The run-up to a new role gives me a privileged few weeks to start some habits the way I intend to continue. One that’s high on my list is to ask better questions.
Asking questions has to be more than a matter of once-and-done induction to a new domain. I will never close my mind to critical new information. Especially in these early days though, listening is a way for me to cultivate my genuine respect for the people have years of deep experience in this space. The act of asking can also stimulate new thinking and some re-evaluation of how things are done around here.
Finding the right questions isn’t easy. They need to be tailored to the task at hand. But for what it’s worth there are three big questions I’m asking right now.
For the “too long didn’t read” brigade, they are:
- What is it like for our users right now?
- What is the strategic intent?
- Do we have all the capabilities we need?
1. What is it like for our users right now?
Leading with the user experience does not mean other things are unimportant – only that without this fundamental piece of situational awareness, any service risks going wildly off-course when it comes to strategy and delivery.
In previous roles, I have developed and managed teams of user experience professionals, but more importantly than that, I have always felt accountable for the quality of my organisation’s user experiences. That’s an accountability I intend to take forward with me, and one I hope my new colleagues will share.
I spent a bit more than a decade working in telecoms, where I witnessed the waste that resulted from failure to ask this question. Every so often, someone would propose a new initiative to combine all of the user’s communications – calls, texts, emails, social media, and so on – together into a single interface. Millions were spent on such initiatives. Every time I observed user research on unified communications products, it was apparent that they were trying to solve a problem that most users didn’t have. People were highly adept at fitting communications channels to different types of conversation, they used multiple modes of communication strategically, and were horrified at the prospect of collapsing all their different contexts into one place. How much time and money could have been saved by starting with the user experience, instead of only considering it at the end?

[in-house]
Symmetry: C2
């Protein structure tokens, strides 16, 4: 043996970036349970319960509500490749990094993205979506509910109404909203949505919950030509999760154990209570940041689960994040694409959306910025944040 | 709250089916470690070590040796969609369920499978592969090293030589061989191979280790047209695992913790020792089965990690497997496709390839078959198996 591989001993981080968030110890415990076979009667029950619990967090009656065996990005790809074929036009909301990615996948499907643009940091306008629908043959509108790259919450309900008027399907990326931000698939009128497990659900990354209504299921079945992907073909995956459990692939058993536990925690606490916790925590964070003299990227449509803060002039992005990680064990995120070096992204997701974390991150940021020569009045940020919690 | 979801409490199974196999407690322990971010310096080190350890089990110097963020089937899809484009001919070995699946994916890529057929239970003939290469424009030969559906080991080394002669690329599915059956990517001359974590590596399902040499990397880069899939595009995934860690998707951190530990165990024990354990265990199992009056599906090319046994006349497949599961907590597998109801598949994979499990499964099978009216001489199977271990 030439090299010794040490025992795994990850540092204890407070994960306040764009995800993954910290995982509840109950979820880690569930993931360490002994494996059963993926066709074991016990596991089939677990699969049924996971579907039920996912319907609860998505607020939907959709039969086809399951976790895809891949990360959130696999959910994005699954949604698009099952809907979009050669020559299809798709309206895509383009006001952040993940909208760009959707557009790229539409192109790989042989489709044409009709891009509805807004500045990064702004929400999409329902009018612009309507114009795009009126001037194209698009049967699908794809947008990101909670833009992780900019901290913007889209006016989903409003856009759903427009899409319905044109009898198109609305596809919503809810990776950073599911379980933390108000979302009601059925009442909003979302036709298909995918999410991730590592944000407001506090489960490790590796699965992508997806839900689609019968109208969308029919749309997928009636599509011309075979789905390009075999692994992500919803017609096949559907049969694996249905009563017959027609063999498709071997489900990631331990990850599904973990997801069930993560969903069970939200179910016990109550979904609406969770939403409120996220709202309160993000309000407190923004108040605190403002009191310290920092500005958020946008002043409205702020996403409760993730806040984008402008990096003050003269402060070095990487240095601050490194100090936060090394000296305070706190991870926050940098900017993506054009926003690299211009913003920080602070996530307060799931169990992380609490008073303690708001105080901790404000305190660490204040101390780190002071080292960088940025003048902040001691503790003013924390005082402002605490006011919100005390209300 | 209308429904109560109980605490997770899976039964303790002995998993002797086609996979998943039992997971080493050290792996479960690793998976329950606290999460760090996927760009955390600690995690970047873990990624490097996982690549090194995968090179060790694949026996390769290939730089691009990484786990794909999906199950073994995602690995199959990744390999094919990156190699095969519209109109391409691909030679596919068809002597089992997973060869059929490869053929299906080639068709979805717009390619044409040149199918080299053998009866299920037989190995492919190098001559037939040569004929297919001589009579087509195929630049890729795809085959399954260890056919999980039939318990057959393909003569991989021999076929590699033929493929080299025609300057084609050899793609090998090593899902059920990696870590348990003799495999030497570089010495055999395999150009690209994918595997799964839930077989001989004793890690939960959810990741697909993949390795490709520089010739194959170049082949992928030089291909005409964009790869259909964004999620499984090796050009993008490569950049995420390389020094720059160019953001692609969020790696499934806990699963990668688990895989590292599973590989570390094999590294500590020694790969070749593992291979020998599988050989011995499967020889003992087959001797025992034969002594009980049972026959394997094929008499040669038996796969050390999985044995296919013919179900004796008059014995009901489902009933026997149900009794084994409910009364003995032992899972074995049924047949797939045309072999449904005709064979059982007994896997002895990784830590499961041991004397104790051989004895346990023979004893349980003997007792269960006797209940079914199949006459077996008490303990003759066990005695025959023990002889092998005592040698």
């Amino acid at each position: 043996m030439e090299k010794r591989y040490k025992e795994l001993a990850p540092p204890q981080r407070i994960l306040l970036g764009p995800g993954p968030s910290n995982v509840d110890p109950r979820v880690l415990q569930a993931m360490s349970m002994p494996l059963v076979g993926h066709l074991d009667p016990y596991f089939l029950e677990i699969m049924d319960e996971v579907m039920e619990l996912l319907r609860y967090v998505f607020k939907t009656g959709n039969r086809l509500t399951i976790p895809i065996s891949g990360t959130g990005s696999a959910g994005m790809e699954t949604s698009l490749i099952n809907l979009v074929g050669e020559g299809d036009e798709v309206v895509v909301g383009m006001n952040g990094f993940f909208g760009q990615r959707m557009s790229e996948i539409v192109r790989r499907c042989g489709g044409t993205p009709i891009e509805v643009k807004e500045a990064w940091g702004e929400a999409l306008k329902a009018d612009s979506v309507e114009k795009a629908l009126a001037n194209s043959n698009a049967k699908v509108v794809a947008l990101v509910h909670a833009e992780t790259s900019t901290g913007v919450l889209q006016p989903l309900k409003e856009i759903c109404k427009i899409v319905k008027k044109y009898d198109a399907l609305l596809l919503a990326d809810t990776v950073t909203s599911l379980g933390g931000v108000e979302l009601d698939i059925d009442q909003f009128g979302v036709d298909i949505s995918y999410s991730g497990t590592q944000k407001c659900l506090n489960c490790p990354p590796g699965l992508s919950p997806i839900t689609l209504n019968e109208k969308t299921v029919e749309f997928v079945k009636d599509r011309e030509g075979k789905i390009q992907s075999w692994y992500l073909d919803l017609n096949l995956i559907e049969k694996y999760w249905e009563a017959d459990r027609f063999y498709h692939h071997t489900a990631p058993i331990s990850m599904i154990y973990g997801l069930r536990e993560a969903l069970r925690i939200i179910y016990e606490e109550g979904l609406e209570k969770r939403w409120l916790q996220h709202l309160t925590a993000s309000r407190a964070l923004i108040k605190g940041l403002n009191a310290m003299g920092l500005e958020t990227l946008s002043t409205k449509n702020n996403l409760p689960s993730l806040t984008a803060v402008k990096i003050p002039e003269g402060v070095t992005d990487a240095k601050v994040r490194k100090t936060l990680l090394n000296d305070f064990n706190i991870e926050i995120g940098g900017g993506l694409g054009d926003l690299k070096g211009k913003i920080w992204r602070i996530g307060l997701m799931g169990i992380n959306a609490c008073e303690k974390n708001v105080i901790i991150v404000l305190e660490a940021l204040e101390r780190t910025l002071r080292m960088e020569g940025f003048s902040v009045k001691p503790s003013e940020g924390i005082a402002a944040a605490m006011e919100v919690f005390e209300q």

I start with the user experience as it is, not some vision of what we want it to be. The experiences people are having right now shape their expectations of us, their willingness to re-engage with us, and a big part of what they tell other people about us. Only by getting a grip on our service now, can we have meaningful conversations about its future.
I need to know what it’s like for staff, as well as the public. User experience happens at the point of service delivery, whether digitally mediated, delivered directly by people, or as is increasingly the case, an interdependent combination of the two. The people who deliver the service deserve to be respected as users too. Their input should always come as well as, not instead of, listening directly to the end beneficiaries that our organisations exist to serve.
Follow-up question: how do we know?
User experience is uniquely defined by our users. The only way to find out what it’s like is to get close to them, listen to them, and watch them experiencing our service. A rich picture of the user experience will inevitably combine the quantitative and the qualitative. A common mistake many organisations make is getting too hung up on one class of user insight. Skilled user researchers always triangulate one with the other.
I want everyone on the team to see and hear from users firsthand. There’s a rule of thumb that to nurture empathy with users, every team member should spend a minimum of 2 hours every 6 weeks observing primary user research. I intend to do this, and hope colleagues will choose to keep this up too – not because I say so but because once they try it, they see how valuable user research exposure hours really are.
Starting a new role in lockdown is both a blessing and a curse for this part of my induction. Most user research now takes place online, making it easier than ever to observe user interviews and watch people interacting with our prototypes. I’m grateful to colleagues who are setting up a virtual tour of one of our services for me. On the other hand, there are some things I’ll miss or misinterpret because I’m not physically there in the context of use. Sooner or later, we all need to get into the field.
2. What is the strategic intent?
In the words of user experience leader Jared Spool, “design is the rendering of intent”. Our activity may be well-meaning, but if we don’t know our strategic intent, we can never know if it is well-directed. I reckon a lot of frustration in service design and delivery comes from a misaligned understanding of intent between groups that need to collaborate. Asking and exposing any misalignment helps us to work backwards to a true common shared goal.